“Another thing that is quite troubling to me is that so many pets with chronic allergies are being treated for months or years with potentially harmful medicines, usually steroids and antihistamines, without attempting other safer therapies. The lack of safe, long-term, and effective conventional treatments for allergic pets is the reason I first became interested in complementary therapies. I was frustrated at seeing the same pets in my hospital month after month for their ‘allergy’ shot and a dose of steroid pills. While I could help these pets stop itching for a few weeks, they would always come back for more drugs. I desperately wanted something to decrease their reliance on corticosteroids, which I knew could shorten their lives and was the cause of their side effects of increased appetite, increased intake of food and water, increased urination, and weight gain.*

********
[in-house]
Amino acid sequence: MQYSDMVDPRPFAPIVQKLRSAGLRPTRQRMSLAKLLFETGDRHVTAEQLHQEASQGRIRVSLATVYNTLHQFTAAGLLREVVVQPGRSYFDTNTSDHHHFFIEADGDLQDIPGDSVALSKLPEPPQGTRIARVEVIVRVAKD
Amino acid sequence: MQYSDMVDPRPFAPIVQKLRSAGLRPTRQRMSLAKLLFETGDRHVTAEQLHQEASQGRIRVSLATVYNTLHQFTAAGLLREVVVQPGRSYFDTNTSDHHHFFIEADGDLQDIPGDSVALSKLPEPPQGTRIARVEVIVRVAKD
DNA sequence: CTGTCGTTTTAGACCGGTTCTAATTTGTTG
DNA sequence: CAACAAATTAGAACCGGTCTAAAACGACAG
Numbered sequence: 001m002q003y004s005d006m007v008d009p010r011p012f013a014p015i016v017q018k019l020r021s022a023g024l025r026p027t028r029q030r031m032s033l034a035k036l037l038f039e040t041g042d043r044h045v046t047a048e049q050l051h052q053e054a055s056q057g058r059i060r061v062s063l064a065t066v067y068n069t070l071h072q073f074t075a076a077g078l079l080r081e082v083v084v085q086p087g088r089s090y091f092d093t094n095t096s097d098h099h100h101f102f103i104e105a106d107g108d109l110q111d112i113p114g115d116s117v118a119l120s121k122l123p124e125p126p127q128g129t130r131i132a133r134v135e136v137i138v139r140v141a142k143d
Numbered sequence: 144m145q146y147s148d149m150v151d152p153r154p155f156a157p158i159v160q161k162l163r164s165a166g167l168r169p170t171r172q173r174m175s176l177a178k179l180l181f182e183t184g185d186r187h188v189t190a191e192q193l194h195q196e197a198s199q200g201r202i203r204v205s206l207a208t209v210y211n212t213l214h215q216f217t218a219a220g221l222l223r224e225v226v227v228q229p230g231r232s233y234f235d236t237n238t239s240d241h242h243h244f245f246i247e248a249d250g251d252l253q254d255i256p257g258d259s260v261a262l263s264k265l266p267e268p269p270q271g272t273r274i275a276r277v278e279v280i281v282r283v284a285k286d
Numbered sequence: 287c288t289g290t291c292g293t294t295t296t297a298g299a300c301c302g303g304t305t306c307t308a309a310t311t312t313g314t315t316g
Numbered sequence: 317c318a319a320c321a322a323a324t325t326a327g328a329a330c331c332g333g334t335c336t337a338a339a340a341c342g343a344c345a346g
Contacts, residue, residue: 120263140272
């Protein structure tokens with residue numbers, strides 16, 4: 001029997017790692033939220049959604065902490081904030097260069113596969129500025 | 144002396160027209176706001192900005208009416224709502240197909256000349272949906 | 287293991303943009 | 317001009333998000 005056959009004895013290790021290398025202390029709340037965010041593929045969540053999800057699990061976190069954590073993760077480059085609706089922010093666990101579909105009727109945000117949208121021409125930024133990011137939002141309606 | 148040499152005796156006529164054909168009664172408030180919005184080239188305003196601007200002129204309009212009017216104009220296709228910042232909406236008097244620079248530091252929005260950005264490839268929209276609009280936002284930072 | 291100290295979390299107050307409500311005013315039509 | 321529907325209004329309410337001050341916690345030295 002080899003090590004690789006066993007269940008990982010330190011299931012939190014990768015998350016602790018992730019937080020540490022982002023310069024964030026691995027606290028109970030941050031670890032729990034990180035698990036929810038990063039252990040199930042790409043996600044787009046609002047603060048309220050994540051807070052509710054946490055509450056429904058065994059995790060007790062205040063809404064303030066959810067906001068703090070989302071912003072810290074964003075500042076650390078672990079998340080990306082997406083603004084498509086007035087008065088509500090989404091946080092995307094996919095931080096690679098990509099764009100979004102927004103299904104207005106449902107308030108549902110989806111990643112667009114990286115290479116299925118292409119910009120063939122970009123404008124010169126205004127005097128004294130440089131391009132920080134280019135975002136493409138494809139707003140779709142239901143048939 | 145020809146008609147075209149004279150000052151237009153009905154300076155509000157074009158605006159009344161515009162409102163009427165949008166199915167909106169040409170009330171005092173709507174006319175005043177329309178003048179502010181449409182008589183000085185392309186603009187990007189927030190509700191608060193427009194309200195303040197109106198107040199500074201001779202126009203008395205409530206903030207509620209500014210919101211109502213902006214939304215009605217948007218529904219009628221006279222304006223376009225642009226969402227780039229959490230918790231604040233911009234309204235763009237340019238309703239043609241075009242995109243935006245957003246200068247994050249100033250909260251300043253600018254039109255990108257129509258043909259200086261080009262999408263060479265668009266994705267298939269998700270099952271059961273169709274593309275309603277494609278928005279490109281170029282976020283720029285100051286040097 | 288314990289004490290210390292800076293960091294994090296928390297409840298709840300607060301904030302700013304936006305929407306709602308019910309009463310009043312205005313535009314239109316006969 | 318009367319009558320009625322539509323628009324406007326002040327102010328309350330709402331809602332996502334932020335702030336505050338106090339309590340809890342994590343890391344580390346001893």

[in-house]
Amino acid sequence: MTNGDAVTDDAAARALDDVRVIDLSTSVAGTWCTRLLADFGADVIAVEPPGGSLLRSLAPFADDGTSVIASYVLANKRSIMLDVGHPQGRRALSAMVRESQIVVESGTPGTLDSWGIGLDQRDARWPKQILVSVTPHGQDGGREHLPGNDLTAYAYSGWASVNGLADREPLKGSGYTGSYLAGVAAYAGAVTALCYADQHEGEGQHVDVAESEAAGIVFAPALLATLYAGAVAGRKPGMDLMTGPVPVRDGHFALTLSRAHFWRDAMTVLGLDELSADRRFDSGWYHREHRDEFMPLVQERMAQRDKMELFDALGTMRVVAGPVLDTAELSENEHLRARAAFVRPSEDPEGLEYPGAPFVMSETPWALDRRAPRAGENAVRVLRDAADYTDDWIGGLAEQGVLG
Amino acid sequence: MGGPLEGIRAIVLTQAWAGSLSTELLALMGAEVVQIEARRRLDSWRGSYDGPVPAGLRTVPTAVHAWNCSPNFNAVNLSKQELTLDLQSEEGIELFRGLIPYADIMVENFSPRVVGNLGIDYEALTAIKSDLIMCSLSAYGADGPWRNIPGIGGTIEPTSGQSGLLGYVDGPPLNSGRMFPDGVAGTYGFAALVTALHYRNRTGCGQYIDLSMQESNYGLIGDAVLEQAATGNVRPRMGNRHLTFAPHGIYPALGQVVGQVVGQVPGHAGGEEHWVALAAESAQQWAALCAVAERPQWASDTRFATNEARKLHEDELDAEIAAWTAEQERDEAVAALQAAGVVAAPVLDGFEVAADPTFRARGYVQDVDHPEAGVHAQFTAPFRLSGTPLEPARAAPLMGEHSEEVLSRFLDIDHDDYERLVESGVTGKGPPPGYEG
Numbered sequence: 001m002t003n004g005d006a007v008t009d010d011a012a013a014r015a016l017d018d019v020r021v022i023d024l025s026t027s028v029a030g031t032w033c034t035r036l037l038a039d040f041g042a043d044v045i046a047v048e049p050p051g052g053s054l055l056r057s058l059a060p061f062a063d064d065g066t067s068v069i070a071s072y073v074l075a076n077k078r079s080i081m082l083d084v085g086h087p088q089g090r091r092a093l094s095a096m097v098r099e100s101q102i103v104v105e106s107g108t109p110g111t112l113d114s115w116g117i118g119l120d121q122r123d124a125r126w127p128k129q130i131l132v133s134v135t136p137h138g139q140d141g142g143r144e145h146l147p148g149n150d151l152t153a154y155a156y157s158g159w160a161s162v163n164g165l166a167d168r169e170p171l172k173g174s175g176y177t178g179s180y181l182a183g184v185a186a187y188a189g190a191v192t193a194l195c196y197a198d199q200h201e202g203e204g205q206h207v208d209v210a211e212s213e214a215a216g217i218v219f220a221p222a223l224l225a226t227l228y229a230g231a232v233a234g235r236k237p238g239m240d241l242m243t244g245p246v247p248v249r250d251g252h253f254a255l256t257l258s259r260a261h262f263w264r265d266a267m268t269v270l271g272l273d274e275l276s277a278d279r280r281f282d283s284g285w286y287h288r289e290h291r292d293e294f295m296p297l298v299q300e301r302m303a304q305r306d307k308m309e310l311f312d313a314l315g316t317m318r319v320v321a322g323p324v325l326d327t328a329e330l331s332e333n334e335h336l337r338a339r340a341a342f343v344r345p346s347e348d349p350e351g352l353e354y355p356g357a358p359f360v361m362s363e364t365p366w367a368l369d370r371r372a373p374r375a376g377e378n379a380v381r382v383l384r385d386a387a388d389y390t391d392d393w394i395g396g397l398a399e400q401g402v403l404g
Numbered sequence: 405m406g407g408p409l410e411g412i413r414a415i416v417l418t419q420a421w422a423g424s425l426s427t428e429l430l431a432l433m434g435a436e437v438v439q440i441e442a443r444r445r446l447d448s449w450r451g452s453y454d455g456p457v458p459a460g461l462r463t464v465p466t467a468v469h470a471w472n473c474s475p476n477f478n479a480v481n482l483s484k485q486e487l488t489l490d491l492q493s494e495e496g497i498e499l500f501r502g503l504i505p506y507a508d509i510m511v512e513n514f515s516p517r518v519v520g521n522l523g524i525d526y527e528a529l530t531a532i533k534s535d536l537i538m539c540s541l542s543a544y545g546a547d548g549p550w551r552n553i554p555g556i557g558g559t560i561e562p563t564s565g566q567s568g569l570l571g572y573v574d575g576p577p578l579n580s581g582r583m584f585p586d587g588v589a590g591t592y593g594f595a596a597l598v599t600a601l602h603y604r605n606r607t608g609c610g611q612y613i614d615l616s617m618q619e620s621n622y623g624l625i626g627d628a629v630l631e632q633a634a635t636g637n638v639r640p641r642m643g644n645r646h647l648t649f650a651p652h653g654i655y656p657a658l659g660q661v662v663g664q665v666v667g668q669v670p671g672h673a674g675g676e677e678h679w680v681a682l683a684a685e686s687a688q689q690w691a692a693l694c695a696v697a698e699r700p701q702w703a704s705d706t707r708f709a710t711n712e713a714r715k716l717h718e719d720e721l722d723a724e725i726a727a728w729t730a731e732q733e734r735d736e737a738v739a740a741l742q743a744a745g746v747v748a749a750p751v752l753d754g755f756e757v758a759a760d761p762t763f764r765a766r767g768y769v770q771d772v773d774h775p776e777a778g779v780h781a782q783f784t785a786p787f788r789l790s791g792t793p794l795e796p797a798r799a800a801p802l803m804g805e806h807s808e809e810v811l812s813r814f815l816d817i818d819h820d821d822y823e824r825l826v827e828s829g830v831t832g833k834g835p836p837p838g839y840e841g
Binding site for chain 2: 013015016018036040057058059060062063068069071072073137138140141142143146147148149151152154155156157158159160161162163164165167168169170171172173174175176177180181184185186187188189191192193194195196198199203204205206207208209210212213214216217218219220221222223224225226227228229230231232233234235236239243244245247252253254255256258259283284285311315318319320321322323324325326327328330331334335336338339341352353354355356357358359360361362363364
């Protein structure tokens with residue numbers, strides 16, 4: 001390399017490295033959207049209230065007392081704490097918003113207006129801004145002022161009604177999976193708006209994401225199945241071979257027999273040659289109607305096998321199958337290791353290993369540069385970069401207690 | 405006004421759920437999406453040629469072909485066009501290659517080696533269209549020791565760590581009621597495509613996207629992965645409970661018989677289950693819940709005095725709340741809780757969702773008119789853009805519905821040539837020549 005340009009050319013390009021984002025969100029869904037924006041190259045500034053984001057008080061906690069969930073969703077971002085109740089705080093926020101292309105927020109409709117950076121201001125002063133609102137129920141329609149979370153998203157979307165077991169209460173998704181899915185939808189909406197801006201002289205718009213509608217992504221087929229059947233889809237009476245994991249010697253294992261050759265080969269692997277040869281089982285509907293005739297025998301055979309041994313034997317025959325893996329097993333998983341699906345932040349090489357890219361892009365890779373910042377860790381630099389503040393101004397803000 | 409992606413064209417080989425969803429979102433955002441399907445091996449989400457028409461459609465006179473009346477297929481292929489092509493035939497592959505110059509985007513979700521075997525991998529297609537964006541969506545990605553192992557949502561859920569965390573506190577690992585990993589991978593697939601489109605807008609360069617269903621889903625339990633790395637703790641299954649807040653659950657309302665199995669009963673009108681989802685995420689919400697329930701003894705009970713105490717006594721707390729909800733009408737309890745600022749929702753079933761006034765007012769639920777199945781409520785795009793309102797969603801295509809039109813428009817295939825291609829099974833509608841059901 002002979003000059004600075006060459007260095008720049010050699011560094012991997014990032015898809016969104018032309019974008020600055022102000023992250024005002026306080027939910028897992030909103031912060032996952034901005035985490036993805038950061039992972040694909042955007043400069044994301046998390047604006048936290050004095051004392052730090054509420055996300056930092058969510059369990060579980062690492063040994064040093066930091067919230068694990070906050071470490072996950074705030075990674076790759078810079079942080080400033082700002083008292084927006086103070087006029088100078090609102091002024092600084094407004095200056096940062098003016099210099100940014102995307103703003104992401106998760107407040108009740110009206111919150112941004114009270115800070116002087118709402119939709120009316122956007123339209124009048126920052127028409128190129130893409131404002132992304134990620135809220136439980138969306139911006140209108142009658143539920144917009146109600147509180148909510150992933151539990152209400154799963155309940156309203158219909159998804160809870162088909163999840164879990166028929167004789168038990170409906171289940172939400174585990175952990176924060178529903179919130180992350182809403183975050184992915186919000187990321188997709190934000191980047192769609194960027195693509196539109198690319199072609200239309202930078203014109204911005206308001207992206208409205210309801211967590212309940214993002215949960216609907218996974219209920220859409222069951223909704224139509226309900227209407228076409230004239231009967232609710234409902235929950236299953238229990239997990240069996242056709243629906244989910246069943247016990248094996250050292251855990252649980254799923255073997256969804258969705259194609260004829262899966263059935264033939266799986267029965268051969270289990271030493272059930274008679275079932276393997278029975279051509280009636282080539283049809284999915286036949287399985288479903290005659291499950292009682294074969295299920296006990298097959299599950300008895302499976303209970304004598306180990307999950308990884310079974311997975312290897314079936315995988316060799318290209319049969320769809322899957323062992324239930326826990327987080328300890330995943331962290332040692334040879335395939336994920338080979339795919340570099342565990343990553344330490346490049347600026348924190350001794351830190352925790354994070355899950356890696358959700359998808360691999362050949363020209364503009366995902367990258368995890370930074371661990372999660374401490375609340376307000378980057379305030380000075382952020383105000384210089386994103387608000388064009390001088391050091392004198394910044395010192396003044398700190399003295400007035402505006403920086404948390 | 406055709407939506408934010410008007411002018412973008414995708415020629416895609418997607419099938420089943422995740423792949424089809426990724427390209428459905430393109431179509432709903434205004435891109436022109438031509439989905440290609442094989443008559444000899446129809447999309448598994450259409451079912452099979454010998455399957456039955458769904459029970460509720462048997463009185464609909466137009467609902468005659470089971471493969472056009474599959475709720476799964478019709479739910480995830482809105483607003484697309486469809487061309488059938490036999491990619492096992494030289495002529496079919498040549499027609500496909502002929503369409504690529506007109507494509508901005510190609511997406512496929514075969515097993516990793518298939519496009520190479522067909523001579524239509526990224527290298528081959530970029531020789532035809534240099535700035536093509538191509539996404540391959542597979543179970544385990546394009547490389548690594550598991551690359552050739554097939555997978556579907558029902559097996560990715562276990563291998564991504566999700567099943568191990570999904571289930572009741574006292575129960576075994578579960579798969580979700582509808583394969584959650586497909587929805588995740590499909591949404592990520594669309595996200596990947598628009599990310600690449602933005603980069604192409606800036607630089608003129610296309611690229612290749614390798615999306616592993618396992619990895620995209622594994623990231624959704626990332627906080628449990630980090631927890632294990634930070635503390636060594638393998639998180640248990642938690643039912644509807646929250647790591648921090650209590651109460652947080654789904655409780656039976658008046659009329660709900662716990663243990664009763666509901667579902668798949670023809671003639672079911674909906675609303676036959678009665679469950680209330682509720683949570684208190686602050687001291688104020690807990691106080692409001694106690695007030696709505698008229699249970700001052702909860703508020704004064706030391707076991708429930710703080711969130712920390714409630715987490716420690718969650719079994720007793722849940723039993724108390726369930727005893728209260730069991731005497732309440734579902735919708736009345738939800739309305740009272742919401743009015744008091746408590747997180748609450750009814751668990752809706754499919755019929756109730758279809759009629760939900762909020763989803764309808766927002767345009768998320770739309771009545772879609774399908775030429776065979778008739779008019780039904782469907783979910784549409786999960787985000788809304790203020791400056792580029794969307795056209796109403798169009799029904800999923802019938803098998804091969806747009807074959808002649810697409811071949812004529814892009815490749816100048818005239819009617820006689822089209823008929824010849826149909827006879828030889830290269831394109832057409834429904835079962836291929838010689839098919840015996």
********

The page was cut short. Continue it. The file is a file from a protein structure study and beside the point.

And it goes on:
By getting ‘turned on’ to the many complementary therapies available to pets, I was able to finally offer my patients something other than only conventional medicines that temporarily covered up their symptoms without really addressing the problem and helping the pets heal.” *
* Messionnier,DVM, Shawn, The Allergy Solution for Dogs, Three Rivers Press, 2000
Checking the list of symptoms is one way to determine if your dog is having problems. The most common symptom will be itching, even if your dog’s skin looks normal. Your dog probably won’t have severe itching at first, it will be more mild or moderate, as a veterinarian would describe it. Severe itching is a more serious problem like mange, fleas or a food allergy, and you should definitely check with your veterinarian for this problem.